See Robert Milburn, IRS Considers New Tax on Wealthy Families, Barron’s, June 30, 2015.

Special thanks to Jim Hillhouse for bringing this article to my attention. 

July 4, 2015 in Current Affairs, Estate Planning - Generally, Estate Tax, Income Tax | Permalink | Comments (0)

Friday, July 3, 2015

Top Concerns Of Ultra-High Net Worth Families

Estate planningThe “U.S. Trust 2015 Insights on Wealth and Worth” survey has gained insight on some of the top concerns of ultra-high net worth (UHNW) families.  These concerns range from personal physical and emotional health, to also having a desire to give back to society through charitable giving.  One of the main things that UHNW families worry about is whether their children will manage the inheritance left to them in a responsible manner.  There are financial techniques like setting up trusts that UHNW families can use to help provide guidance to future beneficiaries. 

See Maureen Nevin Duffy, Kids A Top Worry Of Rich Families, Survey Says, Private Wealth, June 23, 2015.

Special thanks to Jim Hillhouse for bringing this article to my attention. 

July 3, 2015 in Estate Planning - Generally, Estate Tax, Trusts, Wills | Permalink | Comments (0)

A Portion Of Millionaires Have No Estate Plan

SavingsMore than a third of millionaires have not consulted with a financial planner to set up an estate plan.  Procrastination is a problem that has an effect on people in all income groups.  Recent changes in tax policies have created a sense of “estate planning fatigue” with some wealthy families.  Not having an estate plan can result in “complete chaos” as loved ones who are left behind fight over the estate.  It is a good idea for wealthy individuals to consult with a professional estate planner so that they can be prepared for the future.

See Alex Padalka, One-Third of Millionaires Have No Estate Plan, Financial Advisor IQ, July 2, 2015.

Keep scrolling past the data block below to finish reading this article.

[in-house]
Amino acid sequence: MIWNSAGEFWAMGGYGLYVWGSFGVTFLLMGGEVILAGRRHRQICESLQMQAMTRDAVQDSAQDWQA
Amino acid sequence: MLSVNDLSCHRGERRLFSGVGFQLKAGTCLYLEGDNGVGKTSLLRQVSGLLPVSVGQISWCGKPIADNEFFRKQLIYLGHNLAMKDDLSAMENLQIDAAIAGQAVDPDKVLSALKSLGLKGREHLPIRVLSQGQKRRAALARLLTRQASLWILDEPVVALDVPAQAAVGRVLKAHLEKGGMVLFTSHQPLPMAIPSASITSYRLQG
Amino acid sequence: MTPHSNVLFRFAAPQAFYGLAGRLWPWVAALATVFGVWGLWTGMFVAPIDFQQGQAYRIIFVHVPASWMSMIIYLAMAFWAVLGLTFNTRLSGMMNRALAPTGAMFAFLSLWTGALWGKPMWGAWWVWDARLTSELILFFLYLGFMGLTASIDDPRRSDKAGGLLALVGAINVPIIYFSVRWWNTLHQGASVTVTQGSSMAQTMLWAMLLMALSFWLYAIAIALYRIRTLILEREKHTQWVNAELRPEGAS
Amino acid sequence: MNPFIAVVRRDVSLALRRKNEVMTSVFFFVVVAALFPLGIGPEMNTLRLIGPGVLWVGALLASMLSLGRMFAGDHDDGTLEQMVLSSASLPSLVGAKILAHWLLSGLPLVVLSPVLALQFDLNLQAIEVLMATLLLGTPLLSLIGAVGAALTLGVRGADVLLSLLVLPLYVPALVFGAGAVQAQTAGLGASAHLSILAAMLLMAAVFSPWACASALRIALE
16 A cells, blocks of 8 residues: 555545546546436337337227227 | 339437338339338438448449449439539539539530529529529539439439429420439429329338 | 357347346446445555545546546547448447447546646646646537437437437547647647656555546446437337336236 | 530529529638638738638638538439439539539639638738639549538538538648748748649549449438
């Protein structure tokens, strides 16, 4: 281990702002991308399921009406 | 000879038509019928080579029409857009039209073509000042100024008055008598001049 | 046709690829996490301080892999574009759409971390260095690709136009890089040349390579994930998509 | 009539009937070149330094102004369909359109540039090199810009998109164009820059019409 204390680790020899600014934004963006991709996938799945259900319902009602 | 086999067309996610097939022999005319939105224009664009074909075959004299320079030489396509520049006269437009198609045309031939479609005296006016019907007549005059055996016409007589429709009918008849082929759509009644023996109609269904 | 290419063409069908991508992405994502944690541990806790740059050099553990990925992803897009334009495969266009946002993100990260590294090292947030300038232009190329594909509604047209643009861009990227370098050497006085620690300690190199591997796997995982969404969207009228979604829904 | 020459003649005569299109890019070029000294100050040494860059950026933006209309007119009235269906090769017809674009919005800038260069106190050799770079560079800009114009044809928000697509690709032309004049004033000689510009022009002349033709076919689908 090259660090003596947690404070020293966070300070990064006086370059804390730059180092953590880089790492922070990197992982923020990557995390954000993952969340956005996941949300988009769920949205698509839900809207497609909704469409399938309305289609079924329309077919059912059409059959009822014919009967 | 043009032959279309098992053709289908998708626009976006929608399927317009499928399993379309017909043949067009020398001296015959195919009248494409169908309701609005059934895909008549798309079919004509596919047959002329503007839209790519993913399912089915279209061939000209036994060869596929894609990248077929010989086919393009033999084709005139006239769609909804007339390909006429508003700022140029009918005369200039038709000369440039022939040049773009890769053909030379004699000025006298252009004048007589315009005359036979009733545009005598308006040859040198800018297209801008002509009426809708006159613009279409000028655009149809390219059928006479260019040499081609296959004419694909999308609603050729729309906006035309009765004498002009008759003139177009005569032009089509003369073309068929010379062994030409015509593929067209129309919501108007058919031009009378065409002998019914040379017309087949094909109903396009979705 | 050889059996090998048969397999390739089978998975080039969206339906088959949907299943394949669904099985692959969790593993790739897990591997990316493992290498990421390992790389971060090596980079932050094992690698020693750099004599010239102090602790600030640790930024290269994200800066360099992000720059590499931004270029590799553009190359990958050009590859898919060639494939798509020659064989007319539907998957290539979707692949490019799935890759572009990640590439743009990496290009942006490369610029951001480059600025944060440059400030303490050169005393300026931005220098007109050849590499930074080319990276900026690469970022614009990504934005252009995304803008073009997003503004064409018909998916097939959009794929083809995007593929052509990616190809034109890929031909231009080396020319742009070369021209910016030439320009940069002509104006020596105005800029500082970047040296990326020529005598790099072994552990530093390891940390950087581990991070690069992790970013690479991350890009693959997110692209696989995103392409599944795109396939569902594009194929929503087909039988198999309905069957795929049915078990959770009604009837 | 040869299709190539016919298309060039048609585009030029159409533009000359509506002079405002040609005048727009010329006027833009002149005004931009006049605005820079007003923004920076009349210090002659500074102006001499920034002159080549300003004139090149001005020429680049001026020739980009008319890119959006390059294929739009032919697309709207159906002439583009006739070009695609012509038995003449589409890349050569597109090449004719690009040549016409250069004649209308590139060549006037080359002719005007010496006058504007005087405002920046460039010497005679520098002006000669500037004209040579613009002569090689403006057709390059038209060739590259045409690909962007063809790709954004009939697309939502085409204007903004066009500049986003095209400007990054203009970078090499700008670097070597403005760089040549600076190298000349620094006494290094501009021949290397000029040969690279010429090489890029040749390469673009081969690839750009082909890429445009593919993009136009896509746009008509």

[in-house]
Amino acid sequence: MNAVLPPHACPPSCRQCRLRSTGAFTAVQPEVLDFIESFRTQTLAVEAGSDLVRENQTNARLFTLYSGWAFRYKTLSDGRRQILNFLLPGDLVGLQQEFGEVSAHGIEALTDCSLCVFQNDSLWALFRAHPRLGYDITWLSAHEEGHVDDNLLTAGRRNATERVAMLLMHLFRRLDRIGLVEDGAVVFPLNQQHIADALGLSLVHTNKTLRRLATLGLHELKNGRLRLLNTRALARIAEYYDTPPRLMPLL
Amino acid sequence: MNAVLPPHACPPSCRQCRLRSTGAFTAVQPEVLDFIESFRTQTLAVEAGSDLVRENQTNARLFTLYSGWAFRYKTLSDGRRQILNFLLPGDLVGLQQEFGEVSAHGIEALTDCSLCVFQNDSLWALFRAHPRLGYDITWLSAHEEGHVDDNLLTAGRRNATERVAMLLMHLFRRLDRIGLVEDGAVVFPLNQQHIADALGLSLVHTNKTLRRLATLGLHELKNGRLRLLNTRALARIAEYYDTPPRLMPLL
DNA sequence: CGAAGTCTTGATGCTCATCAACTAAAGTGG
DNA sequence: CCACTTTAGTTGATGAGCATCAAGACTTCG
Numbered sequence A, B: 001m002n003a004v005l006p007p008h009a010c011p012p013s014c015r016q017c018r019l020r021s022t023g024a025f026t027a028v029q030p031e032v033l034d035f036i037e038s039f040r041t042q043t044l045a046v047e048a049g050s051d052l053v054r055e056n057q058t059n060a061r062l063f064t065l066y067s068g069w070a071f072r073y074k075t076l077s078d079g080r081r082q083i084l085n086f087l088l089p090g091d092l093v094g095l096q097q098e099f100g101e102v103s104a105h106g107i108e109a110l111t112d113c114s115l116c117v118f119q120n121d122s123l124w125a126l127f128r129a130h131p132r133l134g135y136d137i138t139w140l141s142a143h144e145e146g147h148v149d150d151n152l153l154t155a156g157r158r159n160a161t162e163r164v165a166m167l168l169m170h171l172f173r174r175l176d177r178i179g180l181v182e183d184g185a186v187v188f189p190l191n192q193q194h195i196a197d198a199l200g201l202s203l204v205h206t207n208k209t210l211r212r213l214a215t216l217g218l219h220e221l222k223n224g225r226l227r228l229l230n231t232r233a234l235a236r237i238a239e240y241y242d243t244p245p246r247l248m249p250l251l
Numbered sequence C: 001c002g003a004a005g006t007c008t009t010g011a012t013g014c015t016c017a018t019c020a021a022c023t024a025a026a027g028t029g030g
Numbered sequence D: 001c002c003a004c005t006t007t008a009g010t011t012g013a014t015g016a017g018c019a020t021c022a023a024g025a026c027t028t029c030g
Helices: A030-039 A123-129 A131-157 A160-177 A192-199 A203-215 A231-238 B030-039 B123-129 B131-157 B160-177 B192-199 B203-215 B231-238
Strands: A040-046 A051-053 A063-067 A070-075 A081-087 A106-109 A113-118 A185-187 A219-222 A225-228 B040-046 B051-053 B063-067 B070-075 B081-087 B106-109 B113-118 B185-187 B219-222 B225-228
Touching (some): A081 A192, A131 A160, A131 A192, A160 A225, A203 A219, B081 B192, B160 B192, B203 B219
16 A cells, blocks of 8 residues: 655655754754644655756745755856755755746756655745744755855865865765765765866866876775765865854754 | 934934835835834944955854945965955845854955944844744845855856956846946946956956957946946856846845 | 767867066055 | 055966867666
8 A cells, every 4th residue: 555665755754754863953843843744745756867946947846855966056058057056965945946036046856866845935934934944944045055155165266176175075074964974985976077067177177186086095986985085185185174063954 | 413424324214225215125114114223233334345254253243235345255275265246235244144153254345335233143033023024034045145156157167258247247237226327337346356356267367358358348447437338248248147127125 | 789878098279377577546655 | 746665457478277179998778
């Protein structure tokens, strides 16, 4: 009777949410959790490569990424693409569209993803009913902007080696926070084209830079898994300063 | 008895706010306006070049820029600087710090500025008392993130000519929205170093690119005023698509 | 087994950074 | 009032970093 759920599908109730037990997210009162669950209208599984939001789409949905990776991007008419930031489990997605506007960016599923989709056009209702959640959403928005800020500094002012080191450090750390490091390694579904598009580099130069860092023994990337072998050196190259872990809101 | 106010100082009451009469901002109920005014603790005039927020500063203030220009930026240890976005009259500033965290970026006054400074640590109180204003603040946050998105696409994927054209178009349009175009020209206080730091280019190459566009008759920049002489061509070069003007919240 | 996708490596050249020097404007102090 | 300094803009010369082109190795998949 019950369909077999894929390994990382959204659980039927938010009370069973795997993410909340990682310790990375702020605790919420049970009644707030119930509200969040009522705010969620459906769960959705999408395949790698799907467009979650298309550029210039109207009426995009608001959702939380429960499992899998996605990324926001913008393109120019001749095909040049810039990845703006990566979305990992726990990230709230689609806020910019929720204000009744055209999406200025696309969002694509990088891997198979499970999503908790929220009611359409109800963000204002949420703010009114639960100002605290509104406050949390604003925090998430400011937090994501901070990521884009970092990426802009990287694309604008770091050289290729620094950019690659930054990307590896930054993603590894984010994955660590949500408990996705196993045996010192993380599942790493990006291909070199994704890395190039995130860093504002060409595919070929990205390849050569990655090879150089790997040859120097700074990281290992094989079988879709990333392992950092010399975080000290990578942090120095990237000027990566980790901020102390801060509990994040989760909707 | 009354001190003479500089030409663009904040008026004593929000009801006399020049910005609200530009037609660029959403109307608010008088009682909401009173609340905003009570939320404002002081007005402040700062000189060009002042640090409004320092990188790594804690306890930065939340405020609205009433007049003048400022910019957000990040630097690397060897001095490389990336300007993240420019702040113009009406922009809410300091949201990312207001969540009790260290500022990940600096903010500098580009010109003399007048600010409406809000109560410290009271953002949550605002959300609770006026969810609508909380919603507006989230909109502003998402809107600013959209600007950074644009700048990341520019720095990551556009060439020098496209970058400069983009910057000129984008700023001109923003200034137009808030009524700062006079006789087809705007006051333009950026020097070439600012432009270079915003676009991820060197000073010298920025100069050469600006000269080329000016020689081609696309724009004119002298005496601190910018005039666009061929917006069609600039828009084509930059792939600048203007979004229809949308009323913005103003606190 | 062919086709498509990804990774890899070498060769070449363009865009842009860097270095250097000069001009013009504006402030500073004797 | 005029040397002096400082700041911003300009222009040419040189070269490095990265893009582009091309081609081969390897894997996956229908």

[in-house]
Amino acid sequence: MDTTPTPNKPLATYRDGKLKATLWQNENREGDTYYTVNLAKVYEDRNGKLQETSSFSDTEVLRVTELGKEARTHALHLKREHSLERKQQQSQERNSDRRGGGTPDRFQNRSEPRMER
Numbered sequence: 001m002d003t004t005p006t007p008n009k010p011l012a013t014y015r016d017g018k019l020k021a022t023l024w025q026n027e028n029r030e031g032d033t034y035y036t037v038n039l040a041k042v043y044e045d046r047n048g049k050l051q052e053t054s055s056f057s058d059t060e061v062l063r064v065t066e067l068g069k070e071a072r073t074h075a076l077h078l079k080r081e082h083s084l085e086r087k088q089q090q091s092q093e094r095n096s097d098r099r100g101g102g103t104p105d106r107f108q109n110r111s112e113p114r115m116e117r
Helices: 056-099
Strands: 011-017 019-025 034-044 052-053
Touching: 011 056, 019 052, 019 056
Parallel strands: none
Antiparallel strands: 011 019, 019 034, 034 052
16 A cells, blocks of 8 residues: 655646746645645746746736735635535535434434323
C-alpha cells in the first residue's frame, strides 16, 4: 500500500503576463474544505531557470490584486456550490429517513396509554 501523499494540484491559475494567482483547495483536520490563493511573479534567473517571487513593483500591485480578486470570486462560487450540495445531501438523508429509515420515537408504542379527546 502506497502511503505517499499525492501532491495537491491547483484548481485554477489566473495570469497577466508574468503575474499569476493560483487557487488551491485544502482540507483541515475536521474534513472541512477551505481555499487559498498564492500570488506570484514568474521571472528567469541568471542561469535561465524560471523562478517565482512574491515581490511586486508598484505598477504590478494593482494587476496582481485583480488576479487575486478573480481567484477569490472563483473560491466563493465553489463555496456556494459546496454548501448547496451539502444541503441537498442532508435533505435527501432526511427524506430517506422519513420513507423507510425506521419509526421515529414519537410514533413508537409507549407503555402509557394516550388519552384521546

Special thanks to Brian Cohan (Attorney at Law, Law Offices of Brian J. Cohan, P.C.) for bringing this article to my attention.

July 3, 2015 in Current Affairs, Estate Planning - Generally, Estate Tax, Trusts, Wills | Permalink | Comments (0)

There Are Three Retirement Loopholes That Are Probably Going Away

Home mortgagePeople use a number of tricks and tips to grow retirement benefits and bypass certain taxes.  As these tricks or “loopholes” become more common the government may end up cracking down on some of them.  Here are three retirement loopholes that the government may get rid of in the near future:

  1. Back-door Roth IRA Conversions.  President Obama has made a 2016 budget proposal that effectively calls for eliminating the back-door Roth IRA Conversions.  Gridlock in congress may keep this estate planning technique in place for the indefinite future, though there is a push to get rid of it.
  2. The Stretch IRA.  People who inherit an IRA have the option of taking distributions over their lifetimes, providing decades of tax free income.  There are a growing number of lawmakers who would like to get rid of the “stretch” and require non-spouse beneficiaries to withdraw the IRA money within five years.
  3. Aggressive Social Security Strategies.  The Obama budget has also proposed doing away with some of the “aggressive” social security techniques like “file and suspend” or “claim now, claim more later.”

See Liz Weston, Three retirement loopholes seen likely to close, Reuters, June 29, 2015.

Special thanks to Jim Hillhouse for bringing this article to my attention. 

July 3, 2015 in Estate Planning - Generally, Estate Tax, Income Tax | Permalink | Comments (0)